|There is no audio commentary on the disc, but Satyajit Ray biographer Andrew Robinson appears in a 17-minute interview to discuss the filmmaker and the historical and artist relevance of The Music Room, as does filmmaker Mira Nair, who recounts her own professional relationship with Ray and what she admires in his work. From the archives we have an excerpt from a 1981 roundtable discussion with Ray, film critic Michel Ciment, and director Claude Sautet, which played on French television just before The Music Room was given its long-delayed theatrical release in France. The biggest supplement, however, is Satyajit Ray (1984), a 130-minute documentary by Shyam Benegal that chronicles Ray’s career through extensive interviews with Ray, family photographs, and clips from many of his films. The documentary was shot during the production of The Home and the World (1984), and the first 15 minutes or so is simply footage of him on the set, giving us an unadorned first-hand look at his working process. The insert booklet features an essay by critic Philip Kemp, a 1963 essay by Ray on the film’s location, and a 1986 interview with the director about the film’s music.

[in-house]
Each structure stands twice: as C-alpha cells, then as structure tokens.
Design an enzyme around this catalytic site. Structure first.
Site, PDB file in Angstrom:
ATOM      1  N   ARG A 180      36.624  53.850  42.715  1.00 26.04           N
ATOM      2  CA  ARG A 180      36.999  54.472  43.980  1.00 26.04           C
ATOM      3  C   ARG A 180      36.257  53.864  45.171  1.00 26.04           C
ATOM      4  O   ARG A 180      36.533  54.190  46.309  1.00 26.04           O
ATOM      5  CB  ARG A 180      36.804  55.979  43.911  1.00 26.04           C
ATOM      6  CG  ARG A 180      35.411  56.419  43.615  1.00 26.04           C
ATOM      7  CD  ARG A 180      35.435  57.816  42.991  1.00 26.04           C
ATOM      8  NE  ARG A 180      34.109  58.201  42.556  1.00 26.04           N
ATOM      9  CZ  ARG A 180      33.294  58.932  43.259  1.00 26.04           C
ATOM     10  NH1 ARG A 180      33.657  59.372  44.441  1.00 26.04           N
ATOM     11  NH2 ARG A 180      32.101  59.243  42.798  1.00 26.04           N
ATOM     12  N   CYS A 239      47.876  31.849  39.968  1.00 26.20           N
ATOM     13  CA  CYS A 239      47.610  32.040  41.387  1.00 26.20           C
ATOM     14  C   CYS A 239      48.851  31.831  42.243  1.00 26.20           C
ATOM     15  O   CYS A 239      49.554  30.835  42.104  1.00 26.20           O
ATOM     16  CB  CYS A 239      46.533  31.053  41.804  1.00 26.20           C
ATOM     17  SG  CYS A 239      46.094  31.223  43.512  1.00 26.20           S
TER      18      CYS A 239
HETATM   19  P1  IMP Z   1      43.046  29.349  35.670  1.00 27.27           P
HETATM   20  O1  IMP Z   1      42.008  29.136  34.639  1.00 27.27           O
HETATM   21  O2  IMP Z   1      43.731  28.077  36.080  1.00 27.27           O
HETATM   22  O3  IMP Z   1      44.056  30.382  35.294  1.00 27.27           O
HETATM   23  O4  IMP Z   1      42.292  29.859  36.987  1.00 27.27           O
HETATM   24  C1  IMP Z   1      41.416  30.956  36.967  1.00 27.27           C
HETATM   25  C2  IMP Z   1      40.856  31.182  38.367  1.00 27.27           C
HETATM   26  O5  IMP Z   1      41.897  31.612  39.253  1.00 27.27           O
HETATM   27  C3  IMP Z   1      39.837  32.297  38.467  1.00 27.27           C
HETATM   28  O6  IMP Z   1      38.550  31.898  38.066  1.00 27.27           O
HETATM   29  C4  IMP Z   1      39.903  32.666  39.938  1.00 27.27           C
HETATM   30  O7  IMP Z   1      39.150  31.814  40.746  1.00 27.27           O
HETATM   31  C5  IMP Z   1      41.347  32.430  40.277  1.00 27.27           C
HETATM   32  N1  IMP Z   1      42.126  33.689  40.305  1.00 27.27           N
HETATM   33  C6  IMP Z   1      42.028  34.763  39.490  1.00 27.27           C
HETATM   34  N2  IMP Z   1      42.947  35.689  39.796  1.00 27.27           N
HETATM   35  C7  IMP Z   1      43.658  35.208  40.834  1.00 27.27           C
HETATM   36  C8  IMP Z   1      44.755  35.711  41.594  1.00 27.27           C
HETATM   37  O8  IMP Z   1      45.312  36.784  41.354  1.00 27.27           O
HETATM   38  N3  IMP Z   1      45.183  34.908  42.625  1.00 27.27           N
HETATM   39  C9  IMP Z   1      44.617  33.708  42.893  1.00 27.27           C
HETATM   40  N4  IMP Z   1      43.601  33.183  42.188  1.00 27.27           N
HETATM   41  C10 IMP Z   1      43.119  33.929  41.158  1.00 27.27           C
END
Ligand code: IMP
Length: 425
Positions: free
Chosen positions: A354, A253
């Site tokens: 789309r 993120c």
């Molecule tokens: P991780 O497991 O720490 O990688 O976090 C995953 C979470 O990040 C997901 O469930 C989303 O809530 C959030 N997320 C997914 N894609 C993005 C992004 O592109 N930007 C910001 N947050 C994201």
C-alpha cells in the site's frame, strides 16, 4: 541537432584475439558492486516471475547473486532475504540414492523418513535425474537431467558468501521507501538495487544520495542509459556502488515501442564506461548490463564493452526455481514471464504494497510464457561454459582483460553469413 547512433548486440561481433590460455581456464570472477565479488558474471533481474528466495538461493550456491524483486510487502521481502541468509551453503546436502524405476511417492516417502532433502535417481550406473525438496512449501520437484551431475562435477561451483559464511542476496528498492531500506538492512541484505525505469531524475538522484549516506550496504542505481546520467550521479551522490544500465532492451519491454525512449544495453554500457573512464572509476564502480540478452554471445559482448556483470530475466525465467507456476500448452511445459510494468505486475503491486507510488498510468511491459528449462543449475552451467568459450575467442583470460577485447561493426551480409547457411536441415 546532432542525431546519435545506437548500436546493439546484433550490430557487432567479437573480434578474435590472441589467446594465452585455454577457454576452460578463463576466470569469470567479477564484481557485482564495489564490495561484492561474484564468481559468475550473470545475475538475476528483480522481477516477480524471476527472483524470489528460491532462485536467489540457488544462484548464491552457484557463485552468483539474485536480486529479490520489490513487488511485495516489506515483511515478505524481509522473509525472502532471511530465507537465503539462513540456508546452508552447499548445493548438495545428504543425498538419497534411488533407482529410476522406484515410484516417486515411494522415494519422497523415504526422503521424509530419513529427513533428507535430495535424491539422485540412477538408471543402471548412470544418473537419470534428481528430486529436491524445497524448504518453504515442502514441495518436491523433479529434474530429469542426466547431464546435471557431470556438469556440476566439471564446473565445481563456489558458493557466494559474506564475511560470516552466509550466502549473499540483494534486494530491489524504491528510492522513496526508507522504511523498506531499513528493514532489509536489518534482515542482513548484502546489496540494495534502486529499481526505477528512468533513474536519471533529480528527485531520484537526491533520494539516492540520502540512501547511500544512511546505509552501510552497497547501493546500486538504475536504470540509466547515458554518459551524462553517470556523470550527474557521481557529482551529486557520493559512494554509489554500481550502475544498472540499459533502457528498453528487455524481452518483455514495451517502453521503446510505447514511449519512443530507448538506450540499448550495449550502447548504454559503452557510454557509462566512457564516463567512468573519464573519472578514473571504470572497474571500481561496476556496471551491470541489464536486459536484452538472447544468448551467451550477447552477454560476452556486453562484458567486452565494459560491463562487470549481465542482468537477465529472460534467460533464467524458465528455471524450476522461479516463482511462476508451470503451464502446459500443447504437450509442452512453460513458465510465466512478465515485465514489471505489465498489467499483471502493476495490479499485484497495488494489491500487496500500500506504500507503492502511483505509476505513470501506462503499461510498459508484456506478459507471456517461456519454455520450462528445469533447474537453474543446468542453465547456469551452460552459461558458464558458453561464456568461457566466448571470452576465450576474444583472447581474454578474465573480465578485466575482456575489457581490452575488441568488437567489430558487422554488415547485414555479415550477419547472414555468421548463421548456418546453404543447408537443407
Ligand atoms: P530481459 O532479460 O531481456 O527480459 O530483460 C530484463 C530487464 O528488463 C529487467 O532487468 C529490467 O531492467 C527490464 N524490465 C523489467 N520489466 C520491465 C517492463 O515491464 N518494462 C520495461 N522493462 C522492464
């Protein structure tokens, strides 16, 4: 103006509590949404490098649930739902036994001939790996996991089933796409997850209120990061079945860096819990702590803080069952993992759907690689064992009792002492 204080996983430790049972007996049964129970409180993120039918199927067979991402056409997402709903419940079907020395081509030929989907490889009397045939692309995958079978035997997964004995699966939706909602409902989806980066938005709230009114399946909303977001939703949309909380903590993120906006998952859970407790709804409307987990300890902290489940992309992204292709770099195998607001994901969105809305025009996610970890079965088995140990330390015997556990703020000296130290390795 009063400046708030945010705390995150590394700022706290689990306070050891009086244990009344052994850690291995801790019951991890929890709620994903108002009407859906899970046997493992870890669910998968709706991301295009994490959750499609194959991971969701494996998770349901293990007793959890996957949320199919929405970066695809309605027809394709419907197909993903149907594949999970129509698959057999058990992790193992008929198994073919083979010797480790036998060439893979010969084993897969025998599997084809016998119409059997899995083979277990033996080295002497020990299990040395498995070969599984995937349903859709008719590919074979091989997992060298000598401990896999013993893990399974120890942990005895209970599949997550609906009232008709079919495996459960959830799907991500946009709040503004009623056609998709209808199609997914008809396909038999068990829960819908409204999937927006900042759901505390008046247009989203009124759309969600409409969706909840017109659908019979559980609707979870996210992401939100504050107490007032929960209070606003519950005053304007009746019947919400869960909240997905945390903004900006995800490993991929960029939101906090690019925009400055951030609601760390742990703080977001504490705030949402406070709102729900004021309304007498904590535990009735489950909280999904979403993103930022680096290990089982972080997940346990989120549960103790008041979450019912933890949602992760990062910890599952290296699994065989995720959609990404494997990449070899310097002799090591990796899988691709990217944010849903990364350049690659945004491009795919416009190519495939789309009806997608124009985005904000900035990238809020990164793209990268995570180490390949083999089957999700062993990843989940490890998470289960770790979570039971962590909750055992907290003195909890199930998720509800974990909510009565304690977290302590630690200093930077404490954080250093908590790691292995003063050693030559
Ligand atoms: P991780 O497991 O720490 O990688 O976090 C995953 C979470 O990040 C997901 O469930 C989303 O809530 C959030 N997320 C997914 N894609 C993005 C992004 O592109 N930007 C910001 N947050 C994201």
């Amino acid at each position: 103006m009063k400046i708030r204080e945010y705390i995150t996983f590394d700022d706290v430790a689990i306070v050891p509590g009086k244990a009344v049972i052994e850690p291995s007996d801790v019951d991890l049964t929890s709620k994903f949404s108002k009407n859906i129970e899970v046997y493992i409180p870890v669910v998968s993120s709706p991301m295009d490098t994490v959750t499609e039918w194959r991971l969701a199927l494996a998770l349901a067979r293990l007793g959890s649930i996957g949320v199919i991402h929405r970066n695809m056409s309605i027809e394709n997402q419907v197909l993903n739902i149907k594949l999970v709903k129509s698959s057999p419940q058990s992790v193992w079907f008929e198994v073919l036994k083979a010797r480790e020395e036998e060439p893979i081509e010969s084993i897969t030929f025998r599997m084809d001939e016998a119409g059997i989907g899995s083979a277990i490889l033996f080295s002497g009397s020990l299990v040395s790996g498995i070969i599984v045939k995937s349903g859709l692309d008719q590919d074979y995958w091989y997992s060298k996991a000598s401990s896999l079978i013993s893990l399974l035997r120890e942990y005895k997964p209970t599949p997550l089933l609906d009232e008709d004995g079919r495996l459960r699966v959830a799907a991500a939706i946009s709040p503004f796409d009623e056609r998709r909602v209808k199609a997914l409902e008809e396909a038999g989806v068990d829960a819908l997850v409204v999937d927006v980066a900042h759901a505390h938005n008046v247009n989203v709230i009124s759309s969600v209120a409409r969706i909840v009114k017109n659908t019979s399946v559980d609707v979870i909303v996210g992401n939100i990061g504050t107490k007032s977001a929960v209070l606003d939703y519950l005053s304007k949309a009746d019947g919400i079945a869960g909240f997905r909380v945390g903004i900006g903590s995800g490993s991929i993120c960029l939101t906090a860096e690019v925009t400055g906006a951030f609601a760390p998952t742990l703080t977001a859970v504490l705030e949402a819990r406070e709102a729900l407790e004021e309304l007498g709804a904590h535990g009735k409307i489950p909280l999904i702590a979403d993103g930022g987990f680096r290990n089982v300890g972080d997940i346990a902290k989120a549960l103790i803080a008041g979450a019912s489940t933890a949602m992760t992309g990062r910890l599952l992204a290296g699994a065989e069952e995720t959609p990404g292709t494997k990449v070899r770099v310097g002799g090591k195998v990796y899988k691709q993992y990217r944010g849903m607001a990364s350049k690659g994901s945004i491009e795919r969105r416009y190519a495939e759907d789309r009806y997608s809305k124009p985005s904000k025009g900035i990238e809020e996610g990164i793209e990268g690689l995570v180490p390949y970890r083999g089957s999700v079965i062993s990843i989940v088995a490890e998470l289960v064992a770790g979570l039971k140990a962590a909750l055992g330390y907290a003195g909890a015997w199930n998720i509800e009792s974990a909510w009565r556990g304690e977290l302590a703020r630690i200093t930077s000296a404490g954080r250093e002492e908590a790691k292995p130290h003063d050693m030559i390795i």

Overall Rating: (3.5)